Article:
The future of talent and innovation
Scotiabank commits more than $1M to UWaterloo scholarships and outreach programs, as well as research and innovation challenges
Scotiabank commits more than $1M to UWaterloo scholarships and outreach programs, as well as research and innovation challengesBy Claire Mastrangelo Office of Advancement
Diversity in STEM is expanding with help from one of Canada’s largest financial institutions.
With a contribution of $1.04 million to the University of Waterloo, Scotiabank is providing support for talented researchers and students, including scholarships for students who are underrepresented in STEM fields. The investment is part of ScotiaRISE, the bank’s 10-year, $500 million initiative to promote economic resilience among disadvantaged groups.
The new awards include an entrance scholarship for women in computer science, a graduate scholarship for Latin American students in data science, an undergraduate scholarship for Black and Indigenous students in mathematics and a graduate scholarship for Black students in the Master of Mathematics for Teachers program.
The Scotiabank Future of Talent and Innovation Initiative also supports engineering outreach for racialized students in Grades 1 through 12, including Black and Indigenous youth, along with the existing Women in Engineering Initiative and Women in Computer Science (WiCS) outreach program.
“On behalf of the entire University of Waterloo community, I would like to thank Scotiabank for this visionary investment,” says Vivek Goel, president and vice-chancellor. “As a global leader in STEM education, we know that diversity propels innovation and meaningful change in our world. With this initiative, Scotiabank and Waterloo are encouraging groups who may have felt excluded from STEM to bring their boldest ideas to our campuses and create the future they want for themselves, their communities and the world.”
As part of the initiative, Scotiabank will sponsor events that challenge students to solve urgent industry problems, including issues related to data science and software engineering. Funding for the Artificial Intelligence Institute will support the AI for Social Good program, which calls on researchers to deliver solutions to complex social problems using artificial intelligence.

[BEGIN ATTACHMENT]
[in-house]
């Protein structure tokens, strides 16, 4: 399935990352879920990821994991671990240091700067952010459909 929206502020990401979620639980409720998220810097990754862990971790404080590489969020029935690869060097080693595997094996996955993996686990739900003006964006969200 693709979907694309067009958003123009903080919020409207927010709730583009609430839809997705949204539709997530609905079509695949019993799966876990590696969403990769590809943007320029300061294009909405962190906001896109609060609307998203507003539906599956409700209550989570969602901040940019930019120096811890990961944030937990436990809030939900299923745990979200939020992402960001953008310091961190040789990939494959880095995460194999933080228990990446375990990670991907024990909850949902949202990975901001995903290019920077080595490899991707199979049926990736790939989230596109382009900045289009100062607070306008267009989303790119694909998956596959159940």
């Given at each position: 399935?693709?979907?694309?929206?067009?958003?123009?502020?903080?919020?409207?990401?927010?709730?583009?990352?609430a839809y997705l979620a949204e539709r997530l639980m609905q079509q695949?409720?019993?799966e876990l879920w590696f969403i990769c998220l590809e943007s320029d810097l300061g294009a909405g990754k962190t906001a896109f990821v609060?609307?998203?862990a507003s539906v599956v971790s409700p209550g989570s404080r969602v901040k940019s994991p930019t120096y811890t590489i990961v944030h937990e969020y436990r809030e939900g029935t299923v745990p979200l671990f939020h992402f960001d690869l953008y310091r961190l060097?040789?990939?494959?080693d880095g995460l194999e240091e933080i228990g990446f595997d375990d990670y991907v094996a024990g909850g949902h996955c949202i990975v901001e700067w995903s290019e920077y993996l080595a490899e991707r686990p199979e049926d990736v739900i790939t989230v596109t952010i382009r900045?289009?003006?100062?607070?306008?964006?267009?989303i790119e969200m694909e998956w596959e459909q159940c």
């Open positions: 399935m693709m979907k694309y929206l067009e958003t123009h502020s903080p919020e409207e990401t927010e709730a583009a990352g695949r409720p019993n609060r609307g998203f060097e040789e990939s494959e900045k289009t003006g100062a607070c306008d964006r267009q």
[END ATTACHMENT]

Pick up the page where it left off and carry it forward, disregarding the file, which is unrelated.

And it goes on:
“Building economic resilience and inclusion are two of Scotiabank’s top priorities,” says Meigan Terry, senior vice-president, chief social impact, sustainability and communications officer at Scotiabank. “We are proud to work with academic institutions across our international footprint such as the University of Waterloo to help remove barriers to career advancement and make a meaningful impact on our communities.”
The Scotiabank Future of Talent and Innovation Initiative reflects the financial institution’s commitment to improve access to education for young people. It also builds on an ongoing partnership with the University of Waterloo that includes support for scholarships, research and teaching facilities. A longtime employer in Waterloo’s co-operative education program, Scotiabank has hired more than 3,000 students since 2004, in roles ranging from financial analysis to marketing to cyber security.
“Without partners like Scotiabank, Waterloo could not deliver the quality of education for which it is known,” says Goel. “We are proud to work with partners to tackle the world’s biggest challenges, and we are excited to see what this initiative will help our next generation of STEM leaders to accomplish together.”
Generous donors like John Hamilton (BA ’73) are helping to connect talented Waterloo students with non-profits — and everyone benefits.
Support from two Waterloo Math alumni helps students overcome disabilities and serious illness — and pursue their dreams.
Waterloo donors know that talent needs space to grow. That is why they have invested in capital projects across our campus community that support education, discovery and connection.
The University of Waterloo acknowledges that much of our work takes place on the traditional territory of the Neutral, Anishinaabeg and Haudenosaunee peoples. Our main campus is situated on the Haldimand Tract, the land granted to the Six Nations that includes six miles on each side of the Grand River. Our active work toward reconciliation takes place across our campuses through research, learning, teaching, and community building, and is centralized within our Office of Indigenous Relations.